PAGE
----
Does Large Owners Matter? An empirical study of publicly listed companies before, during and after the financial crisis

Jonas Svendsen & Esben Witt

Student thesis: Master thesis

Abstract

This thesis investigates the relationship between the presence of a large owner (i.e. blockholder) among company’s shareholders and the company’s performance using a sample of more than 6.500 companies from 50 countries. For this purpose, we compare the performance of companies with a controlling owner relative to widely held companies at three time periods, during and after the financial crisis in 2008-2009. Existing theory argues that companies will benefit from a controlling blockholder since large owners have a stronger incentive to monitor their investments compared to small investors. However, following the extant literature on family control, we propose that the relationship between blockholders and company performance may be negative when the controlling blockholder is a family; this should be so particularly during a crisis since family owners may be more prone to use corporate resources to meet a personal liquidity need, thus jeopardizing company’s restructuring following an external shock. Our study is founded in agency theory. Relying on this theoretical framework and a broad review of the relevant literature, we formulate 8 hypotheses, which we test using our international sample of our data. Our results indicate that blockholders (family and non-family) associate positively with company’s performance; the companies large owners outperform relative to companies that are widely held. This relationship is significant for all four of our performance measures, and is robust to various checks. We do, however, observe that the positive effect diminishes during and after the financial crisis. We argue, from an agency theory perspective, the positive association between the controlling blockholders (family and non-family) and company’s performance is due to the large owners’ increased engagement when their wealth is more tightly tied to the company’s, which leads to lower agency costs. We also argue that these owners may be worse in maintaining the superior performance during a financial crisis, because they expropriate their ownership; families might use corporate resources to meet personal credit and liquidity needs and institutional investors might engage in other self-dealing activities like tunneling.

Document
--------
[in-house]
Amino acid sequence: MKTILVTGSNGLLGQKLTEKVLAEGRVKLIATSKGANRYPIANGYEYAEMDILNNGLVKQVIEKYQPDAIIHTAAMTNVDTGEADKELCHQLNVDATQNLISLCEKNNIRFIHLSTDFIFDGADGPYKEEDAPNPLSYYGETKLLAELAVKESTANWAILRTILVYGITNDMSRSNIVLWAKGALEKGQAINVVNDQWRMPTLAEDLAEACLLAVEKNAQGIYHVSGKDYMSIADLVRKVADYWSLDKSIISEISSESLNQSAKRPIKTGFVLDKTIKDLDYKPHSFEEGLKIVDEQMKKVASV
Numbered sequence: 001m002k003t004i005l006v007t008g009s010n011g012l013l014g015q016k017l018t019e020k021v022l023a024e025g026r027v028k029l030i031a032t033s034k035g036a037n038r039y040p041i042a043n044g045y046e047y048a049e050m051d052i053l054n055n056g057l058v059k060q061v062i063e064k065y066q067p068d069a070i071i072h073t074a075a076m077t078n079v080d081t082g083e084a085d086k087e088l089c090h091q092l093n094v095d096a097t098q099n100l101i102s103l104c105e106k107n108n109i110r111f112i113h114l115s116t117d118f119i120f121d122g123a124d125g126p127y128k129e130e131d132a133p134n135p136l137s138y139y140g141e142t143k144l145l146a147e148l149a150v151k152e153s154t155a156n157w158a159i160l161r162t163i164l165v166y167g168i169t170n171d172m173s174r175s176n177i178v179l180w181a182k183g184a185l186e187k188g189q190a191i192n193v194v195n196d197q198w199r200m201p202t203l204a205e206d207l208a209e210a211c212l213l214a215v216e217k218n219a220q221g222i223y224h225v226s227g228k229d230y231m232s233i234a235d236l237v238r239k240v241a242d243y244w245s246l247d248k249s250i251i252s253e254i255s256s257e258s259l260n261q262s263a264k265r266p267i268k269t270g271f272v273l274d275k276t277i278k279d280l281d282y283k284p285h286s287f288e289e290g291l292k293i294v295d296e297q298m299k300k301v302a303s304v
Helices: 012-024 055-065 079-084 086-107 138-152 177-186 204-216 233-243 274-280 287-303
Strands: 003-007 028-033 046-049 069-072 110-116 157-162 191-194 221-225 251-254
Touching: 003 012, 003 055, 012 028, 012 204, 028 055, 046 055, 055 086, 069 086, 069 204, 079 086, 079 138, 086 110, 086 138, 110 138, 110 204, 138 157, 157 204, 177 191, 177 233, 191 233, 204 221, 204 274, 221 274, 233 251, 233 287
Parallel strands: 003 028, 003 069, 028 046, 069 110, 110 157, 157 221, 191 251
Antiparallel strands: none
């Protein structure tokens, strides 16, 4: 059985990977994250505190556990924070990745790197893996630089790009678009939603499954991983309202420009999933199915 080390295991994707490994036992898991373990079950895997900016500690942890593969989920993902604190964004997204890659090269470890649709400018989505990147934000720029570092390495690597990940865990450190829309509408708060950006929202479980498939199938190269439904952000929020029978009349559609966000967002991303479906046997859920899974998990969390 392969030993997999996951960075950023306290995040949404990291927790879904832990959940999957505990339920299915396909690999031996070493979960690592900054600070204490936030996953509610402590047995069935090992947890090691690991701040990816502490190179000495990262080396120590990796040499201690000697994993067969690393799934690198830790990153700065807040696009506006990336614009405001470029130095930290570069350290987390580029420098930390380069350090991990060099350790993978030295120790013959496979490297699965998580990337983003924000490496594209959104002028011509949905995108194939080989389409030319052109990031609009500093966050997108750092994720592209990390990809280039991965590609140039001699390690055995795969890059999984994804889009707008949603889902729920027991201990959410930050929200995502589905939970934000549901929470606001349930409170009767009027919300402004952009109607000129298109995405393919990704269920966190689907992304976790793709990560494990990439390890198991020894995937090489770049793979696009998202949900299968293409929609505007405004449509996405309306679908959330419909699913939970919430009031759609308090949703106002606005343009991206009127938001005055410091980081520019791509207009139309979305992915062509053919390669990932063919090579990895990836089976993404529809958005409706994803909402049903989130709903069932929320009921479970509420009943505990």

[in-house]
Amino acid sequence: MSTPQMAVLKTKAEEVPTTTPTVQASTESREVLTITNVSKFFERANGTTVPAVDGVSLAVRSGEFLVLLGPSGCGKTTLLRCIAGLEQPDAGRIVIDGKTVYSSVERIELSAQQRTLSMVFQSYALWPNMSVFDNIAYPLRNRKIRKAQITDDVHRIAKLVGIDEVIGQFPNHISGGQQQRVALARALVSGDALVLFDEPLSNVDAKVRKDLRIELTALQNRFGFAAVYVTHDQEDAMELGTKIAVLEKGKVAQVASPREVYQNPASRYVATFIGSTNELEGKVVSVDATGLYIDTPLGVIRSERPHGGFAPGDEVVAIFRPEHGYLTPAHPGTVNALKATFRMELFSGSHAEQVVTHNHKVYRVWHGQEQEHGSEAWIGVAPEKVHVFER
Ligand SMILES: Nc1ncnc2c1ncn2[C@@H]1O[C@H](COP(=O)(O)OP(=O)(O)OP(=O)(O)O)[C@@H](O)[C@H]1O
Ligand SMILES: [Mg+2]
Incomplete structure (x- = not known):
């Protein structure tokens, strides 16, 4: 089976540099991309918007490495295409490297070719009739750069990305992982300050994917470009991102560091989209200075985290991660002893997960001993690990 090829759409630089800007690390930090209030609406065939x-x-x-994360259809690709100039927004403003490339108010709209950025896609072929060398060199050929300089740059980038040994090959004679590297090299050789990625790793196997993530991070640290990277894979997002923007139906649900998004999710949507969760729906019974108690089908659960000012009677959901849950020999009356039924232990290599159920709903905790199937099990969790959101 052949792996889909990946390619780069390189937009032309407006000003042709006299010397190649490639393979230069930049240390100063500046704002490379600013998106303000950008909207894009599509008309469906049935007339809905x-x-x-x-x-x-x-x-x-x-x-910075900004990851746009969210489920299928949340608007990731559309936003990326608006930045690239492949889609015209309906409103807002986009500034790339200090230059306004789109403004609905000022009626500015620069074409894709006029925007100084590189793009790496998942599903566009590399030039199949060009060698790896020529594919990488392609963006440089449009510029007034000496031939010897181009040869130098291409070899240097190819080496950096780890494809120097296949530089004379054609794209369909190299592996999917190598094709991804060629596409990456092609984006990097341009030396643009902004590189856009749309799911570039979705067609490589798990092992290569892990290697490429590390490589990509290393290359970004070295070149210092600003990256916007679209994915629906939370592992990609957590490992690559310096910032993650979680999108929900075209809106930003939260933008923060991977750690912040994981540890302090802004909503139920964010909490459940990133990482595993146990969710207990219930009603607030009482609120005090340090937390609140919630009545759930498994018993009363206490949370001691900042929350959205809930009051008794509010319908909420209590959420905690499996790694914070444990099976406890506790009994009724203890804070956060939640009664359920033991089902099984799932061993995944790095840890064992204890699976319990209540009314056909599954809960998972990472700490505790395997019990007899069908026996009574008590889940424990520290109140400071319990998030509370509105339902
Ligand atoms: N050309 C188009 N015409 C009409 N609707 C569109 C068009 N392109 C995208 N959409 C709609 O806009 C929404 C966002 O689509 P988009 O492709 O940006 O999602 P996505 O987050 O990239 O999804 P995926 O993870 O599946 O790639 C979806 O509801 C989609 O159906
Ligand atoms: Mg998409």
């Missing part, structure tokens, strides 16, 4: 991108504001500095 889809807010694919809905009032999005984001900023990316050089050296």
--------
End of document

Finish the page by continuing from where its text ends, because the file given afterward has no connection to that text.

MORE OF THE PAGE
EducationsMSc in Applied Economics and Finance, (Graduate Programme) Final Thesis
LanguageEnglish
Publication date2014
Number of pages115